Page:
The paradox marking Spinoza’s reappearance in modernity is well known. If Mendelssohn wished to “give him new credence by bringing him closer to the philosophical orthodoxy of Leibniz and Wolff,” and Jacobi, “by presenting him as a heterodox figure in the literal sense of the term, wanted to do away with him definitively for modern Christianity”—well, “both failed in their goal, and it was the heterodox Spinoza who was rehabilitated.” The Mendelssohn-Jacobi debate can be grafted onto the crisis of a (...) specific philosophical model. It generates a figure of Spinoza capable of assuaging the exacerbated spiritual tension of that epoch, and of constituting the systematic preamble of the relation between power and substance—between subject and nature. Spinoza, the damned Spinoza, had a resurgence in modernity as a Romantic philosopher. Lessing won out by recognizing in Spinoza an idea of nature which was capable of balancing the relation between feeling and intellect, freedom and necessity, and history and reason. Herder and Goethe, against the subjective and revolutionary impatience of the Sturm und Drang, based themselves on this powerful image of synthesis and recomposed objectivity: Spinoza is not only the figure of Romanticism; he constitutes its grounding and its fulfillment. The omnipotence of nature was no longer to break off into the tragedy of feeling, but it was to triumph over it, by opposing it to a kingdom of completed forms. Spinoza’s first reception within Romanticism was thus an aesthetic reception, a perception of motion and perfection, of dynamism and forms. And it remained such, even when the general frame and the particular components of Romanticism were subjected to the labor of philosophical critique. Fichte, the real philosophical hero of Romanticism, considered both Spinoza’s and Kant’s systems to be “perfectly coherent,” in the incessant ontological movement of the I. For the Schelling of the 1790s, the assertion of a radical opposition between 1 critical philosophy and dogmatic philosophy—that is, between a philosophy of the absolute I founding itself on the critical philosophy and a dogmatic philosophy of the absolute object and Spinozism—was quickly resolved into an analysis of action which dialectically took on the weight of the objective. Far from becoming antinomial, the absolute position of the I composes itself into a necessary process which, above tragedy, exalts the “spiritual automatism” of the relation between subject and substance. The aesthetic dimension of this synthesis consists in ceaselessly and tirelessly bringing back power and substance, the productive element and the form of production, to perfection. Romanticism, according to Hegel, is characterized by a capacity to overcome the pure objectivity of the ideal and the natural as a true idea of beauty and truth, initially to destroy the union of the idea and its reality, and to locate the latter in the difference, so as then to bring to manifestation the inner world of absolute subjectivity and reconstruct its objectivity where the overcoming of sensibility is appeased in the absolute character of the result. The filiation of this process is still Lessingian, but the new dialectic expresses and articulates its motivations, while insisting on the propaedeutic of the beautiful along the path leading to the absolute. Spinoza, a certain Spinoza, becomes the central figure in this process. (shrink)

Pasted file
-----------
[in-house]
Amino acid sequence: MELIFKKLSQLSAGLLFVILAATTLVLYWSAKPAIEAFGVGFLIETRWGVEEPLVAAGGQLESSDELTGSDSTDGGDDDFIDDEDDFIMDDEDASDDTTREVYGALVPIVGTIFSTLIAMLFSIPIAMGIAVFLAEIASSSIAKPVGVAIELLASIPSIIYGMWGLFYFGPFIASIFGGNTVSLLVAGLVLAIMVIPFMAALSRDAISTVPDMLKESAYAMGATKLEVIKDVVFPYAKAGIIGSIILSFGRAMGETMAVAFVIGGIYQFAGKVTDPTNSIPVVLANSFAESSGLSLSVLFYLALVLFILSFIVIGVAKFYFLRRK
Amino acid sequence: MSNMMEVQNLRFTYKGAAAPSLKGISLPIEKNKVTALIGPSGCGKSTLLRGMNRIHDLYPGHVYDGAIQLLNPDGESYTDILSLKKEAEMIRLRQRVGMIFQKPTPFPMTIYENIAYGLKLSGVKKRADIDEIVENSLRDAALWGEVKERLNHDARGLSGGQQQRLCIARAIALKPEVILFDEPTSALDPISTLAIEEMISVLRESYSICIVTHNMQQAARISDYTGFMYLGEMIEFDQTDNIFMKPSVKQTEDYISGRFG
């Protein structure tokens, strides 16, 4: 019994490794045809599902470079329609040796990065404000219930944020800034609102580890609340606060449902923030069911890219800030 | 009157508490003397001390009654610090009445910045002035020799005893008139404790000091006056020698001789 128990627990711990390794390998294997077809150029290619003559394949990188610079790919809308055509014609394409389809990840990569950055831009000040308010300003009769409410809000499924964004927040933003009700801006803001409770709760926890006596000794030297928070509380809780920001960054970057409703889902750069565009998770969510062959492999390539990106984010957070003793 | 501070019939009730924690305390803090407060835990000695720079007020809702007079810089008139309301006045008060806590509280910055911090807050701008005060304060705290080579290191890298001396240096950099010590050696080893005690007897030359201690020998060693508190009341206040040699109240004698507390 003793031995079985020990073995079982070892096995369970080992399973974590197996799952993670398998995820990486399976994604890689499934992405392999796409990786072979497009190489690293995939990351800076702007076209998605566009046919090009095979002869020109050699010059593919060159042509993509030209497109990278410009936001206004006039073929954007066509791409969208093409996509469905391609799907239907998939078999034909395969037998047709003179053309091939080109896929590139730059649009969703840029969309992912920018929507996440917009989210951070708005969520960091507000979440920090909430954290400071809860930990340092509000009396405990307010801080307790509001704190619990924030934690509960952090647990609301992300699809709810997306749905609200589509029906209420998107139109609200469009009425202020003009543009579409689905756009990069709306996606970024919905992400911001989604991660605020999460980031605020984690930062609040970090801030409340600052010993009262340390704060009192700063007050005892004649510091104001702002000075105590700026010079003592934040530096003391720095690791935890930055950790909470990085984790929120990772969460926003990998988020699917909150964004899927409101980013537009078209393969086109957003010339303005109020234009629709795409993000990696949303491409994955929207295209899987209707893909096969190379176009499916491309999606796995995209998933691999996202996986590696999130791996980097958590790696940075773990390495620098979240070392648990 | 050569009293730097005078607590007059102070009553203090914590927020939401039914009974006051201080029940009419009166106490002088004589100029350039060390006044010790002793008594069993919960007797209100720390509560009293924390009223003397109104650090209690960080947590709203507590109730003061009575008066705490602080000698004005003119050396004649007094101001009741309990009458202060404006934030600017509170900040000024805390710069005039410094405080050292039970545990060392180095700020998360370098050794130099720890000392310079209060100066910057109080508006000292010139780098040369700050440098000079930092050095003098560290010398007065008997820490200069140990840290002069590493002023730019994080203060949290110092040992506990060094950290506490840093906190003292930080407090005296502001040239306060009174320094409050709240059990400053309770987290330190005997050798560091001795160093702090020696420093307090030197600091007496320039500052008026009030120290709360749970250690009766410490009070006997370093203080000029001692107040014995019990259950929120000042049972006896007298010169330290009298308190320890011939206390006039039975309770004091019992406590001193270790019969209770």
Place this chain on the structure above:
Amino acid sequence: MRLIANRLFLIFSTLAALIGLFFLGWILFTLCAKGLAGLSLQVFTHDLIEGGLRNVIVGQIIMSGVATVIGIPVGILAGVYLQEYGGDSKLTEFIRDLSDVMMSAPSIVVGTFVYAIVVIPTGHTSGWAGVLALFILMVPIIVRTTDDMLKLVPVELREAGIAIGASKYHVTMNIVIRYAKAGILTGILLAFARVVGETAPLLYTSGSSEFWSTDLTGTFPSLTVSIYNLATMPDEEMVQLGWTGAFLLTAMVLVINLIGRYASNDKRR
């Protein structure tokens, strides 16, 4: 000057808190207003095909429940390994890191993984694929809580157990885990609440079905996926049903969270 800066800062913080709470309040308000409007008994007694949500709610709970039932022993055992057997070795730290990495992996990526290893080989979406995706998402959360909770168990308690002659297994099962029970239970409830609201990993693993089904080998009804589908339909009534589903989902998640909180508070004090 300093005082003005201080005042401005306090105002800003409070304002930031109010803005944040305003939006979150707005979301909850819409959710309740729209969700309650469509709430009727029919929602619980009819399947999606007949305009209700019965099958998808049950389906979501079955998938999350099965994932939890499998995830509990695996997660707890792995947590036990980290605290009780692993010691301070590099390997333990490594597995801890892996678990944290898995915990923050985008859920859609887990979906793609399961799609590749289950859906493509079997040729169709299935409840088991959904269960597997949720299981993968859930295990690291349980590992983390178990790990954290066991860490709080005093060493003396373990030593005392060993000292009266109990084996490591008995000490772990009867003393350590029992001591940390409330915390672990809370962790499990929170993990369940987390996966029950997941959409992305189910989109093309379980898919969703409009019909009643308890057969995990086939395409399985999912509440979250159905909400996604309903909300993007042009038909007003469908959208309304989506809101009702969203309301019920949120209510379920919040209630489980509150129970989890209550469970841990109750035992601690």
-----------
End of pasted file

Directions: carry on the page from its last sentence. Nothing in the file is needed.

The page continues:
This paper explores the question of whether it is possible to be communist without Marx. This entails encountering the ontological dimension of communism, that is, the material tenor of this ontology, its residual effectiveness, the desire of human beings to go beyond capital, and the reality of the episode of statism.